"The choice, after all, is ours to make. If, after having endured much, we have at last asserted our "right to know," and if, knowing, we have concluded that we are being asked to take senseless and frightening risks, then we should no longer accept the counsel of those who tell us that we must fill our world with poisonous chemicals; we should look about and see what other course is open to us." (Rachel Carson, Silent Spring, 1962)
Seasonal Safety Tips: The template below is an example of the brief but attention-grabbing item to use as a flyer or as a public service announcement for community newspapers, radio and TV, and articles for community organization, parent group, school, and camp blogs, newsletters, websites, etc.
<><><><><><><><> Seasonal Safety Tips
Fall (of Spring or Summer) is here. (Your group's name) offers these tips for a safer season.
Be alert for pesticide warning signs.
Teach children to stay away from areas where pesticide warning signs are posted.
Avoid taking walks or exercising where you see landscapers applying chemicals to lawns, trees or shrubbery.
Do not walk on granules that may be scattered on streets and sidewalks to avoid tracking the residue into your home where it accumulates on carpets.
Educate your neighbors and friends about safe, ecological approaches to insect and weed control.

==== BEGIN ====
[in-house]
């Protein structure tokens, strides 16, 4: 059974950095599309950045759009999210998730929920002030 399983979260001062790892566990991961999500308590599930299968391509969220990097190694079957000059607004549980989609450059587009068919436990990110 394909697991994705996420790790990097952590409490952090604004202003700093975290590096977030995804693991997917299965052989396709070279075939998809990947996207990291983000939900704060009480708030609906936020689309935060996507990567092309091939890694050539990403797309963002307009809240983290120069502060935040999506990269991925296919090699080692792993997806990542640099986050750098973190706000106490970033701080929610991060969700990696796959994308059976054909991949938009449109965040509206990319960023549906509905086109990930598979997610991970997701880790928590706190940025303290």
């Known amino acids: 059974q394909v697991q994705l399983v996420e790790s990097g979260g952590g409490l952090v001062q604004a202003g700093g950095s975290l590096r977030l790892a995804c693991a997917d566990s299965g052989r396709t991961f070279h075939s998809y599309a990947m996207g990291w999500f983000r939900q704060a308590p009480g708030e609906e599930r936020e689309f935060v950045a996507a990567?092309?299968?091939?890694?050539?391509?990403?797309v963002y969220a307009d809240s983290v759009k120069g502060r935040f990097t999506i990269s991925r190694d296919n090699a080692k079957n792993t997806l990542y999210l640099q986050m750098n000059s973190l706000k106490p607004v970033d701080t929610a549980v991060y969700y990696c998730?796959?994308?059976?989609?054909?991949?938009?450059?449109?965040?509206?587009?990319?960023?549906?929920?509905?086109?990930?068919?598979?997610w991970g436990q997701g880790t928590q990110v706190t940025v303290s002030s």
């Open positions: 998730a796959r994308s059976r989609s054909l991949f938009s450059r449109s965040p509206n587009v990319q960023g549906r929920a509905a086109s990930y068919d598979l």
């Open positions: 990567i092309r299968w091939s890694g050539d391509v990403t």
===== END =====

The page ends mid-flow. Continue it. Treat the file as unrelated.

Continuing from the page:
Ask neighbors to notify you in advance if they plan to spray or employ contractors to apply pesticides. Then, close windows to keep the spray or vapor cloud from drifting into your home. Keep children and pets inside. Cover up play equipment, sandboxes, garden vegetables and lawn furniture. Wash them off before children play on them.
Consider keeping children off lawn areas that have been treated with pesticides even after the warning signs are gone.
More Information: (Your number here)
Keys to Pollution Prevention: Partnerships, Publicity, Persistence
STARTING THE CONVERSATION...
A few years ago, arriving early to set up an exhibit about Alternatives to Pesticides at the annual Toxics Action Center Conference at a local college, I was dismayed to see yellow pesticide application signs on the lawn surrounding the building. I had been inhaling deeply from the exertion of carrying a heavy box of supplies; but I immediately caught my breath, suddenly wary of the chilly air.
I have never been a big fan of notification and posting requirements. Pesticide notifications or warning signs do not give us a chance to avoid exposure or to negotiate protection. But notification can be a first step. Pesticide use is so pervasive that, even if we don't use pesticides, if our neighbors do we are still at risk of poisoning. So to avoid pesticides, we have to get involved at the community level.
Promoting notification can be a good way to start a neighborhood dialogue and put pesticide reduction on a community's public policy agenda. Many school and community surveys reveal that most pesticide use goes on without public notice or public involvement. Efforts to make information about the use of toxics visible to the public can promote accountability and cooperation from public and private users. It can open the door for organic and ecological choices for lawn care and pest control.